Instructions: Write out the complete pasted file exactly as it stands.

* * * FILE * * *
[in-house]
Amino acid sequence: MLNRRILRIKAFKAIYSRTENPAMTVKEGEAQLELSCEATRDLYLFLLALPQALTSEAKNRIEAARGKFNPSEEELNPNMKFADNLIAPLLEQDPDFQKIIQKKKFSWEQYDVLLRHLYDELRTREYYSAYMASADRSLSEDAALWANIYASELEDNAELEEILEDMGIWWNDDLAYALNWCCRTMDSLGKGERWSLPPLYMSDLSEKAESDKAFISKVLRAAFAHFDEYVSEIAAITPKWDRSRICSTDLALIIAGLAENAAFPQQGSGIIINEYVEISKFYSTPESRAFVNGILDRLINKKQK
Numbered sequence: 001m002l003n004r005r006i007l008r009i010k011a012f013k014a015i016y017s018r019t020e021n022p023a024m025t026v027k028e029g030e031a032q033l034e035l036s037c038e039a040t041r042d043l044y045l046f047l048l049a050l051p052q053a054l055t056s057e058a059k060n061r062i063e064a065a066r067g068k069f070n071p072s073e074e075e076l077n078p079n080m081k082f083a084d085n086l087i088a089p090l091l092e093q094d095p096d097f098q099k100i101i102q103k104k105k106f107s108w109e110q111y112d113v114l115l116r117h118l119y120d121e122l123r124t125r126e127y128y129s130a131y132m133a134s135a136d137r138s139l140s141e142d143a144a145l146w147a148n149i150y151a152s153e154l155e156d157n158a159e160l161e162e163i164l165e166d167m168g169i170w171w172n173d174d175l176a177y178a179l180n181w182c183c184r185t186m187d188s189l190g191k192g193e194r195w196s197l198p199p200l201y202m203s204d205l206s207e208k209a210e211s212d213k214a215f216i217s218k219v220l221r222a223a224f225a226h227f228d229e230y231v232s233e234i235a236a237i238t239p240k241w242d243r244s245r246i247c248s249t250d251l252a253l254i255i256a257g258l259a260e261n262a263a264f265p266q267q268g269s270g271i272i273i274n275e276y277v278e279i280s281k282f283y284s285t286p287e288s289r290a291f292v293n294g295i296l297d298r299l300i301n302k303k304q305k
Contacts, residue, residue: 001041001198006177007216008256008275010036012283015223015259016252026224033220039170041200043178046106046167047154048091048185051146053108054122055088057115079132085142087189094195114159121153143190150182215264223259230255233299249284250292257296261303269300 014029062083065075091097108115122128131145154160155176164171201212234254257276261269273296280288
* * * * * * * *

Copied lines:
[in-house]
Amino acid sequence: MLNRRILRIKAFKAIYSRTENPAMTVKEGEAQLELSCEATRDLYLFLLALPQALTSEAKNRIEAARGKFNPSEEELNPNMKFADNLIAPLLEQDPDFQKIIQKKKFSWEQYDVLLRHLYDELRTREYYSAYMASADRSLSEDAALWANIYASELEDNAELEEILEDMGIWWNDDLAYALNWCCRTMDSLGKGERWSLPPLYMSDLSEKAESDKAFISKVLRAAFAHFDEYVSEIAAITPKWDRSRICSTDLALIIAGLAENAAFPQQGSGIIINEYVEISKFYSTPESRAFVNGILDRLINKKQK
Numbered sequence: 001m002l003n004r005r006i007l008r009i010k011a012f013k014a015i016y017s018r019t020e021n022p023a024m025t026v027k028e029g030e031a032q033l034e035l036s037c038e039a040t041r042d043l044y045l046f047l048l049a050l051p052q053a054l055t056s057e058a059k060n061r062i063e064a065a066r067g068k069f070n071p072s073e074e075e076l077n078p079n080m081k082f083a084d085n086l087i088a089p090l091l092e093q094d095p096d097f098q099k100i101i102q103k104k105k106f107s108w109e110q111y112d113v114l115l116r117h118l119y120d121e122l123r124t125r126e127y128y129s130a131y132m133a134s135a136d137r138s139l140s141e142d143a144a145l146w147a148n149i150y151a152s153e154l155e156d157n158a159e160l161e162e163i164l165e166d167m168g169i170w171w172n173d174d175l176a177y178a179l180n181w182c183c184r185t186m187d188s189l190g191k192g193e194r195w196s197l198p199p200l201y202m203s204d205l206s207e208k209a210e211s212d213k214a215f216i217s218k219v220l221r222a223a224f225a226h227f228d229e230y231v232s233e234i235a236a237i238t239p240k241w242d243r244s245r246i247c248s249t250d251l252a253l254i255i256a257g258l259a260e261n262a263a264f265p266q267q268g269s270g271i272i273i274n275e276y277v278e279i280s281k282f283y284s285t286p287e288s289r290a291f292v293n294g295i296l297d298r299l300i301n302k303k304q305k
Contacts, residue, residue: 001041001198006177007216008256008275010036012283015223015259016252026224033220039170041200043178046106046167047154048091048185051146053108054122055088057115079132085142087189094195114159121153143190150182215264223259230255233299249284250292257296261303269300 014029062083065075091097108115122128131145154160155176164171201212234254257276261269273296280288